Daily Report for Executives provides in-depth coverage of unfolding legislative, regulatory, and judicial news from the nation’s capital, the states, and around the world. This daily news service...
By Brandon Ross
July 20 — Cybersecurity breaches of port operators’ computer systems have resulted in thefts that left vendors unpaid, an FBI official, highlighting gaps in cybersecurity and cyber insurance policies, told Bloomberg BNA.
Hacking is becoming easier, less time-consuming and less expensive, while the cost to stave off software breaches remains high and requires more coordination than ever, Michael Sohn, supervisory special agent of the FBI Los Angeles cyber outreach division, said. He was speaking to seaport stakeholders, including port operators and vendors, at a July 20 cybersecurity seminar held by the American Association of Port Authorities.
Sometimes a port operator doesn't learn that a system has been breached until hearing from a vendor who has not received a payment that was due, Sohn said. Then the port may find that someone has illegally changed the routing number for a vendor’s bank account. The port can ask the bank to reverse the charge, but banks may not do so because the charge was authorized by the port.
The average cost per company affected is $130,000, Sohn told Bloomberg BNA in an interview during the event. “Sometimes we’re able to recover the money, sometimes we’re not,” he said.
Cyber fraud isn't considered a cyberattack, and so insurers don't pay a claim in many cases, Sohn said.
“[I]f there was a scam, a lot of the time insurance won’t cover that because you directed the banks to move money,” he said. When ports give the go-ahead to pay an account, that may disqualify the transaction from being something the bank will reverse.
“So a lot of the times the banks are saying ‘you told us to do it,' and therefore the banks aren’t liable,” he said.
“The ability to deploy cyberattacks has become so easy, whereas the defense against it has become a team sport,” Sohn said during his keynote address for the seminar. Cyber criminals don't even need to have a highly technical background to hack into systems anymore, Sohn said. Rather, they have an abundance of malware choices—many under $50, some as low as $10 or even available for free—with which to hack a system.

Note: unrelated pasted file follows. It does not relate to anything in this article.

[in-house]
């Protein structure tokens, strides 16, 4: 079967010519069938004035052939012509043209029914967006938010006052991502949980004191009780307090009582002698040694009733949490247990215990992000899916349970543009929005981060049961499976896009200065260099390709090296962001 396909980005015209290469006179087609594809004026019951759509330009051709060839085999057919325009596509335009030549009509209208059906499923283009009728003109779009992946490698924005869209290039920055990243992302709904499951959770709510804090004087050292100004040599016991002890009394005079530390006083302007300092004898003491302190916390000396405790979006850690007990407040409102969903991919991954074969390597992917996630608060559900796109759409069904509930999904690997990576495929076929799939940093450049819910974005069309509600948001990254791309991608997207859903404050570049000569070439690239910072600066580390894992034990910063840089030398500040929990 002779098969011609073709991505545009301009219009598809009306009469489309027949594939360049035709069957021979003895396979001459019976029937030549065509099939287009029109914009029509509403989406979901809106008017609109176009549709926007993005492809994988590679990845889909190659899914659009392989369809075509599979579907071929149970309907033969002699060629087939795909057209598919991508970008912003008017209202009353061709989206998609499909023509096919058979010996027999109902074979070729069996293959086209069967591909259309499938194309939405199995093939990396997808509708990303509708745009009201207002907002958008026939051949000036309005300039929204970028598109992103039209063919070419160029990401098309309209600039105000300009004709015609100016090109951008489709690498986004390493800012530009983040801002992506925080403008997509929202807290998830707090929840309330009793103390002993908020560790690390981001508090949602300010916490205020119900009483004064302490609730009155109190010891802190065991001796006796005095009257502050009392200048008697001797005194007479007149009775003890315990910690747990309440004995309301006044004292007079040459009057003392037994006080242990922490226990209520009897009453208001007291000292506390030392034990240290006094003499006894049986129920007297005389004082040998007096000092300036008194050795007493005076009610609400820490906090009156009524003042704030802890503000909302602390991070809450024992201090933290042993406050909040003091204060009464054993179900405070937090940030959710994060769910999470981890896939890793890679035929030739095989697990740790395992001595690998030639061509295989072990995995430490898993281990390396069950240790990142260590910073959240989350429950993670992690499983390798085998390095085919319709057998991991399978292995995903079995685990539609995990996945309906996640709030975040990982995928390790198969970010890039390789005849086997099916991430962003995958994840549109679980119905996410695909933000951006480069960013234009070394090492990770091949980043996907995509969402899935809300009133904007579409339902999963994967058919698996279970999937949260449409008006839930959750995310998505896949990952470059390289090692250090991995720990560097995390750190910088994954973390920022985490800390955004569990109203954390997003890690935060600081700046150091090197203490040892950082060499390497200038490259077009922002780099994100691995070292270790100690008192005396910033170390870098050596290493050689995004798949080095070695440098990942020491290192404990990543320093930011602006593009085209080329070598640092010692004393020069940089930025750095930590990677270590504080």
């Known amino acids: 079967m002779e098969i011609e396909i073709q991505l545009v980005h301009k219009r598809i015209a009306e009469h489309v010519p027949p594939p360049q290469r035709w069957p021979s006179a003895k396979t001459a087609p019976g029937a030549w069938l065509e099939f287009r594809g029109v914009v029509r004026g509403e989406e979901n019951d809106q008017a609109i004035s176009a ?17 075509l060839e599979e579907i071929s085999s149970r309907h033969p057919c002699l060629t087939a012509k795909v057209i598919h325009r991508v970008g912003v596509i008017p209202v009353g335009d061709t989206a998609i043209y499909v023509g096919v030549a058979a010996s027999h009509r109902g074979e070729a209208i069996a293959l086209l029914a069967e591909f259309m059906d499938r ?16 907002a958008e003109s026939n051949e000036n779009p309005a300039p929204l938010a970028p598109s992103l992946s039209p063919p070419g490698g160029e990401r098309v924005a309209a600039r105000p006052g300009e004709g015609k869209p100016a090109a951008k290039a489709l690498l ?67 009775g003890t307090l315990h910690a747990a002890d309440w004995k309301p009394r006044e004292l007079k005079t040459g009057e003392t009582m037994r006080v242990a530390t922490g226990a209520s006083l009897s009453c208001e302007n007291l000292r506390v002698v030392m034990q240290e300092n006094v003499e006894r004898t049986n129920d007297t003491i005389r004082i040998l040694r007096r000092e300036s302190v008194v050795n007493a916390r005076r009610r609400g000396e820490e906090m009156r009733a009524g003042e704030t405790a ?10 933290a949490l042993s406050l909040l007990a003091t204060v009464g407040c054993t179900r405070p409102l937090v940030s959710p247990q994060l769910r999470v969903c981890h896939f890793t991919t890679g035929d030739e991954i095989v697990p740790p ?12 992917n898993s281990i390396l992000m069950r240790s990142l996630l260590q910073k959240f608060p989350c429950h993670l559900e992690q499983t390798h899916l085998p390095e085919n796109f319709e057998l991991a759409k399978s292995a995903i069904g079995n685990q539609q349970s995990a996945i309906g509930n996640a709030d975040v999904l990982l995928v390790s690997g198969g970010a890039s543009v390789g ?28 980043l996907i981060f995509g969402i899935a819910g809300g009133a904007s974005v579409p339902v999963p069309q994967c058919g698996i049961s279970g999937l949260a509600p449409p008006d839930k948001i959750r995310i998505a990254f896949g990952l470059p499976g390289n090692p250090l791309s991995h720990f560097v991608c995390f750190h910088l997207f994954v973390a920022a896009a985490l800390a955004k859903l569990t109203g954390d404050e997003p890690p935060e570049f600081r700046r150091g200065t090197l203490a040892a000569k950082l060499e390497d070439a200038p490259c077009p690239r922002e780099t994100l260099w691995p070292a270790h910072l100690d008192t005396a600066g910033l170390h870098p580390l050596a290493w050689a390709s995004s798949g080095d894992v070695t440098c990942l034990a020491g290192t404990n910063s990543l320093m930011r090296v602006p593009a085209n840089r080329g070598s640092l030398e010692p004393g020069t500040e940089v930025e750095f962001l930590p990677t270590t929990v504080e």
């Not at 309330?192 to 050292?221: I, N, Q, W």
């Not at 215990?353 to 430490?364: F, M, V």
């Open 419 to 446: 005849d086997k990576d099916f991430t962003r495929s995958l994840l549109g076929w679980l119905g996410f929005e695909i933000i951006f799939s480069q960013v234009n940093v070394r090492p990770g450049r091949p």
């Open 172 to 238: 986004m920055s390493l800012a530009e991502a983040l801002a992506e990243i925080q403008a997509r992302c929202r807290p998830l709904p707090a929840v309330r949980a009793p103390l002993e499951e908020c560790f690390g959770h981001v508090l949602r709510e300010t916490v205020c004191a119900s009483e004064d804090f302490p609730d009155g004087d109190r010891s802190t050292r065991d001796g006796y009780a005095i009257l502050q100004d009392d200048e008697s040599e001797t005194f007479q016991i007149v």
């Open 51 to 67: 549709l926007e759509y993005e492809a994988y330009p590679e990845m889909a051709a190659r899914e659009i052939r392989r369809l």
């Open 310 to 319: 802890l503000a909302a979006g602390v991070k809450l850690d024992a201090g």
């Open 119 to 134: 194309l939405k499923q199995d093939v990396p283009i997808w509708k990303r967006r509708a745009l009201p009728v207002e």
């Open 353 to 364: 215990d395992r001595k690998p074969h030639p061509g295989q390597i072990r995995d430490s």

When ports turn to their insurers to cover the cost of cyber crimes, they find that courts have decided in favor of underwriters and many of their claims are not paid, Sohn said.
The effects can be devastating for smaller companies, such as many port vendors.
Port vendors can range from terminal operators like Ports America or Amports, to construction companies, trucking companies, and any other entity that accesses port facilities, David Espie, director of security for Maryland Department of Transportation Port Administration told Bloomberg BNA at the event.
“Small businesses literally go under because of this type of fraud,” Sohn told Bloomberg BNA.
Other speakers at the event from the U.S. Coast Guard, Department of Homeland Security and port operators shared a common suggestion for ports to try to combat system breaches: Share data with the government and from port-to-port. This will let the government better identify trends and get the message out to all ports to be on the lookout for certain activities on their systems that could help them cut off some hacks in before criminals can capitalize on them.
To contact the reporter on this story: Brandon Ross in Washington at email@example.com
To contact the editor responsible for this story: Heather Rothman at firstname.lastname@example.org
Copyright © 2016 The Bureau of National Affairs, Inc. All Rights Reserved.
All Bloomberg BNA treatises are available on standing order, which ensures you will always receive the most current edition of the book or supplement of the title you have ordered from Bloomberg BNA’s book division. As soon as a new supplement or edition is published (usually annually) for a title you’ve previously purchased and requested to be placed on standing order, we’ll ship it to you to review for 30 days without any obligation. During this period, you can either (a) honor the invoice and receive a 5% discount (in addition to any other discounts you may qualify for) off the then-current price of the update, plus shipping and handling or (b) return the book(s), in which case, your invoice will be cancelled upon receipt of the book(s). Call us for a prepaid UPS label for your return. It’s as simple and easy as that. Most importantly, standing orders mean you will never have to worry about the timeliness of the information you’re relying on. And, you may discontinue standing orders at any time by contacting us at 1.800.960.1220 or by sending an email to email@example.com.
Put me on standing order at a 5% discount off list price of all future updates, in addition to any other discounts I may quality for. (Returnable within 30 days.)
Notify me when updates are available (No standing order will be created).
This Bloomberg BNA report is available on standing order, which ensures you will all receive the latest edition. This report is updated annually and we will send you the latest edition once it has been published. By signing up for standing order you will never have to worry about the timeliness of the information you need. And, you may discontinue standing orders at any time by contacting us at 1.800.372.1033, option 5, or by sending us an email to firstname.lastname@example.org.
Put me on standing order
Notify me when new releases are available (no standing order will be created)